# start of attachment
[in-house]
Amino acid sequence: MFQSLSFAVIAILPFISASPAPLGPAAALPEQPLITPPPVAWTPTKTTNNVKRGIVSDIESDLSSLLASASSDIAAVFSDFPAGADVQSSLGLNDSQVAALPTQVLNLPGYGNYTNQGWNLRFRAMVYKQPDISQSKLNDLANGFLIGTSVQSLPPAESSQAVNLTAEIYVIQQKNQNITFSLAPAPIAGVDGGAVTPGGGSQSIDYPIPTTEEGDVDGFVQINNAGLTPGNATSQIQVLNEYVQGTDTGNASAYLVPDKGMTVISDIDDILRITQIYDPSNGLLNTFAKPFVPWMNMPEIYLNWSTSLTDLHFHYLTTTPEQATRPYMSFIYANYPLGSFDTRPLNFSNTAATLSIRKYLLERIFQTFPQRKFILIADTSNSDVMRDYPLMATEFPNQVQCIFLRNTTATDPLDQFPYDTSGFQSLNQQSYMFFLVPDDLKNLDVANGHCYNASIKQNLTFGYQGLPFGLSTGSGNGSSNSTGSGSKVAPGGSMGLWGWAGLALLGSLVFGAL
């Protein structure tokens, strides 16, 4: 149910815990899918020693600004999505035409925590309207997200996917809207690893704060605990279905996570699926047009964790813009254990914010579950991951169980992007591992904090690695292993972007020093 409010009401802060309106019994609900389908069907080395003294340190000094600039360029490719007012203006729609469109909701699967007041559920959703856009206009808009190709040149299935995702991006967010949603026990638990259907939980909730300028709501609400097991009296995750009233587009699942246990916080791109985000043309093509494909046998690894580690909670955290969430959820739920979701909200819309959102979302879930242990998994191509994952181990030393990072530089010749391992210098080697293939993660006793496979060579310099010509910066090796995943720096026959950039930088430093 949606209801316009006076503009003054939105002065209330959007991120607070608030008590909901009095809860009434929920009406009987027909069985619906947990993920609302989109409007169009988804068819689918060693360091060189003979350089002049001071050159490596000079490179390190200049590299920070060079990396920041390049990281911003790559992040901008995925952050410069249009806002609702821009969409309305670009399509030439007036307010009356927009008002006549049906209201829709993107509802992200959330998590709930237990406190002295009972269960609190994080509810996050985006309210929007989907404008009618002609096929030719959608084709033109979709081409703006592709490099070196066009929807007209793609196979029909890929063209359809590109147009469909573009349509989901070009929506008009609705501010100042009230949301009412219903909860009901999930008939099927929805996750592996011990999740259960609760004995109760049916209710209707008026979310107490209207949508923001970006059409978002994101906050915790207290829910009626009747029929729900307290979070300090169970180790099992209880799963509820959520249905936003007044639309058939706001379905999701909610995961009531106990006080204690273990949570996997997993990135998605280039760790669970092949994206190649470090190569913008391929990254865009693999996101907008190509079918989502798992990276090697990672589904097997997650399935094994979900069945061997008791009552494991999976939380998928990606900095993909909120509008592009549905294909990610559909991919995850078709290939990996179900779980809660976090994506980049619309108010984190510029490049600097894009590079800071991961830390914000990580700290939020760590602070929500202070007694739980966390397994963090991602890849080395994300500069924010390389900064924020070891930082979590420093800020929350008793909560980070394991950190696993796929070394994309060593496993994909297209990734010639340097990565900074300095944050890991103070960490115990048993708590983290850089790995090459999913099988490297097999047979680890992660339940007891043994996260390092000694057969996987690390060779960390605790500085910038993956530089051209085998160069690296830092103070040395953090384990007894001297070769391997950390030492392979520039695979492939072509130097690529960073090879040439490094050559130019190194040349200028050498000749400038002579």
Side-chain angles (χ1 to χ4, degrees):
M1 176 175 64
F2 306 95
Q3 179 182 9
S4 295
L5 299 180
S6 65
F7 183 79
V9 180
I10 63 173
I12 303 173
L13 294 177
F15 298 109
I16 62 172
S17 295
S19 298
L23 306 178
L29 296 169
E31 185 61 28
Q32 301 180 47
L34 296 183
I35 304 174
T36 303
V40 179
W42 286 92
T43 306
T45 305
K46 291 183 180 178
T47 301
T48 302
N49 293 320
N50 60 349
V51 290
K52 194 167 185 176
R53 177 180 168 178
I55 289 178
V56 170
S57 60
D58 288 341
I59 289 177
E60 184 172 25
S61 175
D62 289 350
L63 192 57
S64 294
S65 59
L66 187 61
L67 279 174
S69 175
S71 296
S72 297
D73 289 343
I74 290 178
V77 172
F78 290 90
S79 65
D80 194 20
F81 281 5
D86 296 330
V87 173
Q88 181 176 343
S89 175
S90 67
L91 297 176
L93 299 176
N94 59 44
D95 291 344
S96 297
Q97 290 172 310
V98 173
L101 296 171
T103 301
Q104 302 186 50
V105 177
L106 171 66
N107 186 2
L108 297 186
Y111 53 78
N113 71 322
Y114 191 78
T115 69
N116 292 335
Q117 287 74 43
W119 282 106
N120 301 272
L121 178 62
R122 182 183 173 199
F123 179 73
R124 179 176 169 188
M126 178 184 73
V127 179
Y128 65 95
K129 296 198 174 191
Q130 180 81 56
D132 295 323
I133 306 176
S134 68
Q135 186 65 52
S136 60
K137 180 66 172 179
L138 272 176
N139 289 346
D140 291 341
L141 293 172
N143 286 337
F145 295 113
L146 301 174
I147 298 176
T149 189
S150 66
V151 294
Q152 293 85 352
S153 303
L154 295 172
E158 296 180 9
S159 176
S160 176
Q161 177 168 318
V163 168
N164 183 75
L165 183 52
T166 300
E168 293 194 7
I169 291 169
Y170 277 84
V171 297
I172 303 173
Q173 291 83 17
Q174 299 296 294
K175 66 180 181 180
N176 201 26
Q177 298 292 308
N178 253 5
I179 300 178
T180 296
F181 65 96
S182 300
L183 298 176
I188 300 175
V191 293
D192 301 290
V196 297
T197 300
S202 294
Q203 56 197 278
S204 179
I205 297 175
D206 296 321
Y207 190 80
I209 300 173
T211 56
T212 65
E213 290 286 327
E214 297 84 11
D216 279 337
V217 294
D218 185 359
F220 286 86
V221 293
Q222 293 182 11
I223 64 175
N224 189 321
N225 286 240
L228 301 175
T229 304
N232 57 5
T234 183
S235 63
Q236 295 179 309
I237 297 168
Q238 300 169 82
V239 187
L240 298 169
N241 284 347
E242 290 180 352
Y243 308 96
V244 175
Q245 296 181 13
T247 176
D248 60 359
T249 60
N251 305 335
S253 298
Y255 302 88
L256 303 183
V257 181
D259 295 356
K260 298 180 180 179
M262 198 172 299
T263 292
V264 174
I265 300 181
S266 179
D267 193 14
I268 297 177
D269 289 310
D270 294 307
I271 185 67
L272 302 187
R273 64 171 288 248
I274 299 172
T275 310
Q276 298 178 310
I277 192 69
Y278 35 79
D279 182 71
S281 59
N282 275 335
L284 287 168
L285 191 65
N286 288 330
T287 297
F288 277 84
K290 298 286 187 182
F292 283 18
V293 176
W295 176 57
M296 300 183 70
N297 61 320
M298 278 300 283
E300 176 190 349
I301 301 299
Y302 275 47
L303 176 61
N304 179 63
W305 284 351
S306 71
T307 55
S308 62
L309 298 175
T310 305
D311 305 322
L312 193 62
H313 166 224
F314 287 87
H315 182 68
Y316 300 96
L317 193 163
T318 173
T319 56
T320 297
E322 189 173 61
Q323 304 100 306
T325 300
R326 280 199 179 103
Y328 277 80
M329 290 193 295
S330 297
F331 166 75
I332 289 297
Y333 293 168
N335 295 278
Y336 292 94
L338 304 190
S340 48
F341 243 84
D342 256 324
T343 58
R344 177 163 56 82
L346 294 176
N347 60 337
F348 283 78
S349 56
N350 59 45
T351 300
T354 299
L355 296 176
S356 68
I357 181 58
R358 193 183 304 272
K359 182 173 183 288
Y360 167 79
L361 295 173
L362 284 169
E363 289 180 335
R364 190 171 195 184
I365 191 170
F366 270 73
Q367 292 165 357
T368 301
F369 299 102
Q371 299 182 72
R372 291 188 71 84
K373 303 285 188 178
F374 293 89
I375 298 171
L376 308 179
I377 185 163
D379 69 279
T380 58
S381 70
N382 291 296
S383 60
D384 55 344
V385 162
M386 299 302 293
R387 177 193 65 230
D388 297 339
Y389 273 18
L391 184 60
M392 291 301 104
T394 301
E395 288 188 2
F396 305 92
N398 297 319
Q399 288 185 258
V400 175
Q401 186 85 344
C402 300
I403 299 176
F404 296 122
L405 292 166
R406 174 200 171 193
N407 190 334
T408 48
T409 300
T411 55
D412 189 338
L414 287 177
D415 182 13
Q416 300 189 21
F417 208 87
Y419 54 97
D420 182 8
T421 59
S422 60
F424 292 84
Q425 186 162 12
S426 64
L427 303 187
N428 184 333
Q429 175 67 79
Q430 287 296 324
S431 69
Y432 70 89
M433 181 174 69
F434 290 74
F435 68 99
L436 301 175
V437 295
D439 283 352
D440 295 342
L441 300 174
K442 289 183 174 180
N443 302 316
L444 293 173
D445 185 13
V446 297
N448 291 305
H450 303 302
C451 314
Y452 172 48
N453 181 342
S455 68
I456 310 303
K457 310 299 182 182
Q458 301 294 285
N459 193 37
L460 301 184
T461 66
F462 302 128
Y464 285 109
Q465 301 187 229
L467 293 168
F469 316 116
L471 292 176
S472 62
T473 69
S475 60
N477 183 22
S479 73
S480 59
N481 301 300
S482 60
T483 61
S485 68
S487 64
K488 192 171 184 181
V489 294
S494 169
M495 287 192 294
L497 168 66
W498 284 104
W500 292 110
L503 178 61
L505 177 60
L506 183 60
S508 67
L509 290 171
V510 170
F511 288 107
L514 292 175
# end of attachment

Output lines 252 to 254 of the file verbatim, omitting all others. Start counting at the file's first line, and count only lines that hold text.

F331 166 75
I332 289 297
Y333 293 168